We had some trouble getting to the Arc. Ha, we did not try to cross traffic ! The crowd blocked the view to the underground stairs to reach the Arc and we kept having to back track several times before finding it. When we finally made it over, we saw a long long line, luckily the Museum Pass sped us ahead and after an cardiac-inducing climb of stairs, we arrived at the magnificent top floor with superb 360 degree view of Paris. Wide leafy boulevards, with miniature ant-like cars, radiate below us. Rooftops, famous landmarks, and humanity all vying for Paris’ precious grounds, this is metropolis! We vowed to come back during evening time so we could make comparison. Didn’t make it. We spent 30 minutes at the Arc then made our way by bus to Tuilleries garden and Place de la Concorde. What traffic! There’s no way we can drive or ride bike here. Our Velib subscriptions went unused. L’Orangerie closed on Tuesday so off we went to Opera Garnier. We gladly paid 11E to gaze at the opulent staircases and glimmering chandeliers lining the gallery. August is vacation time for Paris so no Opera show on schedule. Too bad, it would have been lovely to see. Afterwards we dashed to Printemps, looked for the escalator to Deli-ceux cafe on the 6th floor and enjoyed another great view of Paris. The Opera area was heavily congested, especially at lunch time. So many shops and attractions, the crowd was overwhelming so it was delightful to escape to the roof top of Printemps. Raindrops and wind cut short our rooftop reverie. Eric Kayser has a closeby location on Rue D. Casanova, so of course we stopped by for sandwiches and his famous almond croissant. Then shopping for souvenirs at City Pharma. Paris’ beauty buys are well known so the pharmacy was packed shoulder to shoulder. We lugged our heavy purchase out the door after 1 hour. The rain picked up force so we abandoned plans of visiting nearby chocolatier and patisserie. It faded to drizzle as we returned to our studio to rest before dinner. We had reservation at Le Jeroboam in the 14e and had a fantastic meal there. Very inventive takes on classic dishes like beef tartare, steak frites, and lamb chops. We gave them glowing recommendation as their foods were delicious and service was impeccable–all at a fair price. We trotted next to Trocadero to see Eiffel Tower in glimmering night lights; and shared a romantic embrace witnessed by hundreds of folks in the misty rain with mingling salesmen hogging selfie sticks and neon toys. Harlequin romance this ain’t!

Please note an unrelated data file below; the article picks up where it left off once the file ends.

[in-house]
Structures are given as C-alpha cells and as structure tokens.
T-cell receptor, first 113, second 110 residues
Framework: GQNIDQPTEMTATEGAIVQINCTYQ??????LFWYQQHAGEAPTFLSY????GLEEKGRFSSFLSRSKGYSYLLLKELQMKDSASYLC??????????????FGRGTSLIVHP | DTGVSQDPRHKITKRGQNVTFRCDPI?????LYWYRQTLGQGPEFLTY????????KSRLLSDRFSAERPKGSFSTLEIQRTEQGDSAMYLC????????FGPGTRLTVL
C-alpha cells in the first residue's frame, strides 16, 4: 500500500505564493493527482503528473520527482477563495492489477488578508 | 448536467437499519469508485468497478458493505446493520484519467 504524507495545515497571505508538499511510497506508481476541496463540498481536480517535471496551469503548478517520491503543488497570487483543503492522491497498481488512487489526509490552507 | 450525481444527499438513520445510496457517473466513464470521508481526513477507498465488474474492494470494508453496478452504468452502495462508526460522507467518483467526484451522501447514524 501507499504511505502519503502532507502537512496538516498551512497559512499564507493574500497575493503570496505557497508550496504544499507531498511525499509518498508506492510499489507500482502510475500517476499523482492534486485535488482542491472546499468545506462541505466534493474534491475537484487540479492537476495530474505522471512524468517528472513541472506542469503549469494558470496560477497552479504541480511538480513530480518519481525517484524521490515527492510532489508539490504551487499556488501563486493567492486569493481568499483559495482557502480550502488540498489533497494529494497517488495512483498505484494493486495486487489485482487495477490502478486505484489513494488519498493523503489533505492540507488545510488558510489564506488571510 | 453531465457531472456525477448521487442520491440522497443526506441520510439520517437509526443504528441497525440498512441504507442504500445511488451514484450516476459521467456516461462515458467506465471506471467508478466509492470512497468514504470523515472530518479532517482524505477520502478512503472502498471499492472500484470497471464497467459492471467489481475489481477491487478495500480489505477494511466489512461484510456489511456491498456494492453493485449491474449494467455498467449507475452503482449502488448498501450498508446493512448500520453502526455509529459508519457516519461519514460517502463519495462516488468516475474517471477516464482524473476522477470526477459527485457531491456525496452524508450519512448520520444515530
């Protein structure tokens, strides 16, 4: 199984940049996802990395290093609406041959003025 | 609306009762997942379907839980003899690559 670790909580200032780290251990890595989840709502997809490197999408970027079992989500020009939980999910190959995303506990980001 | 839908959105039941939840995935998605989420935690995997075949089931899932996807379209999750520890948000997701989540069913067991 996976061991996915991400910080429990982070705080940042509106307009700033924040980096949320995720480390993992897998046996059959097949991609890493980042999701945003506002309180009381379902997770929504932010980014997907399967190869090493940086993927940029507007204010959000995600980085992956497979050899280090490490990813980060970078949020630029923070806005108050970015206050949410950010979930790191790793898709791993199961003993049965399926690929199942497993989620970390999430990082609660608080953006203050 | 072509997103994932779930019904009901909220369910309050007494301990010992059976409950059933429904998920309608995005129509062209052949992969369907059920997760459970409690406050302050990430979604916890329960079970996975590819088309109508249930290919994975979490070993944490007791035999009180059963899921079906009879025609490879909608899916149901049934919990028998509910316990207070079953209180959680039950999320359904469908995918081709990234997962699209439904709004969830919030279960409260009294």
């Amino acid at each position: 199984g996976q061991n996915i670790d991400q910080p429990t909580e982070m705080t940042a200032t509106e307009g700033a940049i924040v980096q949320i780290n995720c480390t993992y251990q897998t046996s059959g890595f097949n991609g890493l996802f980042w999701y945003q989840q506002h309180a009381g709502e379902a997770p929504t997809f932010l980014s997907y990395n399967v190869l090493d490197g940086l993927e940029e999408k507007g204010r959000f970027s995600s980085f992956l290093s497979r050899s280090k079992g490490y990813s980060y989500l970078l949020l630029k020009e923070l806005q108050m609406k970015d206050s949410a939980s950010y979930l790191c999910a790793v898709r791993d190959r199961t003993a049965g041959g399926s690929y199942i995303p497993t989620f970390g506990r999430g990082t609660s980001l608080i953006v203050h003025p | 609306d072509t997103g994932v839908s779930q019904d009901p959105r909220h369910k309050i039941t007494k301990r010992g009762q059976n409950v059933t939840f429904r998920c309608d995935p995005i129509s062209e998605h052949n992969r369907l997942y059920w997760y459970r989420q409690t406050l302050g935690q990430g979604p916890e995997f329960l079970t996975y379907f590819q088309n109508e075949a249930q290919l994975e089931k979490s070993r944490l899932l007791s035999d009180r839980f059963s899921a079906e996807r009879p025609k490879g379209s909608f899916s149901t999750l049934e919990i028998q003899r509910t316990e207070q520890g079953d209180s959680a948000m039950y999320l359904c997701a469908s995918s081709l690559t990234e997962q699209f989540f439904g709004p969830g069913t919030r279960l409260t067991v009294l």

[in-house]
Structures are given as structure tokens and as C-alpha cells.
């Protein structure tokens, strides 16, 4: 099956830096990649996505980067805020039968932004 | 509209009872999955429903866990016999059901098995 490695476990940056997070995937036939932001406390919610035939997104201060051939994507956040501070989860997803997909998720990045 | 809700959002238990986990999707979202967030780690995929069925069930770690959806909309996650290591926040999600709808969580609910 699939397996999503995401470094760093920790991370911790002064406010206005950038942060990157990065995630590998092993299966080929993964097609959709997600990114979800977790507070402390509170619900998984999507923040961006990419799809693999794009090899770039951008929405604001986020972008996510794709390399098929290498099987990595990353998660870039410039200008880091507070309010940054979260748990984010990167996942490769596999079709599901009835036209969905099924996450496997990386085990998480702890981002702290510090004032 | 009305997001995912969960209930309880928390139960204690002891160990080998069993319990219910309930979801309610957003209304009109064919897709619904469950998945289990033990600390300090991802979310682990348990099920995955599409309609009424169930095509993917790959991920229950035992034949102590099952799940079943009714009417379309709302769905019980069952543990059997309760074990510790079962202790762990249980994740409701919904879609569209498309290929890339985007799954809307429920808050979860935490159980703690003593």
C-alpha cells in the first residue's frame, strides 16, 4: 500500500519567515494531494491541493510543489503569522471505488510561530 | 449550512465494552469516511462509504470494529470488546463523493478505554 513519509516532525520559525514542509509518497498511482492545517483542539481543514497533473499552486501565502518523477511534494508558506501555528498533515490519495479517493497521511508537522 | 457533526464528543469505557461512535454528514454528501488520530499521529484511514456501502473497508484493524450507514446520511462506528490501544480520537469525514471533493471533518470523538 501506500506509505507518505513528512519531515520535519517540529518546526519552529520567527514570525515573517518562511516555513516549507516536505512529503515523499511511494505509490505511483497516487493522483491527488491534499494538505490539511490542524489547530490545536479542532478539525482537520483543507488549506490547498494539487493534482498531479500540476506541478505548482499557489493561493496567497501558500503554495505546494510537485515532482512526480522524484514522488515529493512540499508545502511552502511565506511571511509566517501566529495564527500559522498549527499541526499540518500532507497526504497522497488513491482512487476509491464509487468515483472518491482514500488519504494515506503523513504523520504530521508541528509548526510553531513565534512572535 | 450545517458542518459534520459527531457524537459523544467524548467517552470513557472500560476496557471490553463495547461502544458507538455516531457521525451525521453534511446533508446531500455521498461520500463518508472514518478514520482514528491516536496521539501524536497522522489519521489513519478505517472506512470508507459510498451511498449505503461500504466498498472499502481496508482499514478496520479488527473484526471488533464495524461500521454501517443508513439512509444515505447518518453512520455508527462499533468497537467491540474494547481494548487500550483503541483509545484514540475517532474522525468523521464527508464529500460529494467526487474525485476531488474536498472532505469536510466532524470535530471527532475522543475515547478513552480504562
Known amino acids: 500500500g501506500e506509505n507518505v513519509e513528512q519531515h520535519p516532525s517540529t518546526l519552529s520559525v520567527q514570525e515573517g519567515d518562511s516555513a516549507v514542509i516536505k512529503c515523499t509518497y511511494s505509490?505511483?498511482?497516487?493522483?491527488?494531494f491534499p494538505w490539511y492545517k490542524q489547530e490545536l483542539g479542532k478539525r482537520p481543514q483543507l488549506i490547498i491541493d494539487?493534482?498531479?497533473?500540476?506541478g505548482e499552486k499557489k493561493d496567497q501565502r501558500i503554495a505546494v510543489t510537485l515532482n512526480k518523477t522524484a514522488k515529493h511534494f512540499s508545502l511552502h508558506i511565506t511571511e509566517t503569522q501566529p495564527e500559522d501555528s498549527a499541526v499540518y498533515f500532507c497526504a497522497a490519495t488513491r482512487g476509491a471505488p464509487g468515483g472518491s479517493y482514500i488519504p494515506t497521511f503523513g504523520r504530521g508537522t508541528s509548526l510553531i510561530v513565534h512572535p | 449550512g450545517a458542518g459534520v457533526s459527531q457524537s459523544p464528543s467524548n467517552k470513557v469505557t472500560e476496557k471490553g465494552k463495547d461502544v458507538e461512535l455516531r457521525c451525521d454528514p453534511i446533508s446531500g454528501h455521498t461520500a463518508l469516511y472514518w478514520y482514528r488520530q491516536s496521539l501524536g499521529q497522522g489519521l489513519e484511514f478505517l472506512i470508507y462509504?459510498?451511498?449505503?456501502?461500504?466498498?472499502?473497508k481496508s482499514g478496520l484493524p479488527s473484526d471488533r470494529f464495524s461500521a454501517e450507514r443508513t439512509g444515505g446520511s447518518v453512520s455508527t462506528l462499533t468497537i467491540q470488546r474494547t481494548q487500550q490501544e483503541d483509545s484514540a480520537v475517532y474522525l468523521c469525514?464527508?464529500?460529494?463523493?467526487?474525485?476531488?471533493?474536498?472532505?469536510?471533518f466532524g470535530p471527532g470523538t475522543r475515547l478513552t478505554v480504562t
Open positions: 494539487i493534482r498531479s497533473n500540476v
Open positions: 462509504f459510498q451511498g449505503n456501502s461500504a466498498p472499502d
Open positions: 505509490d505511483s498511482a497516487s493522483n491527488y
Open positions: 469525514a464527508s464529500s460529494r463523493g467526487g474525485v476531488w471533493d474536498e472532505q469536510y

Day 4 Wednesday August 26 – Les Invalides to Chateau Versailles: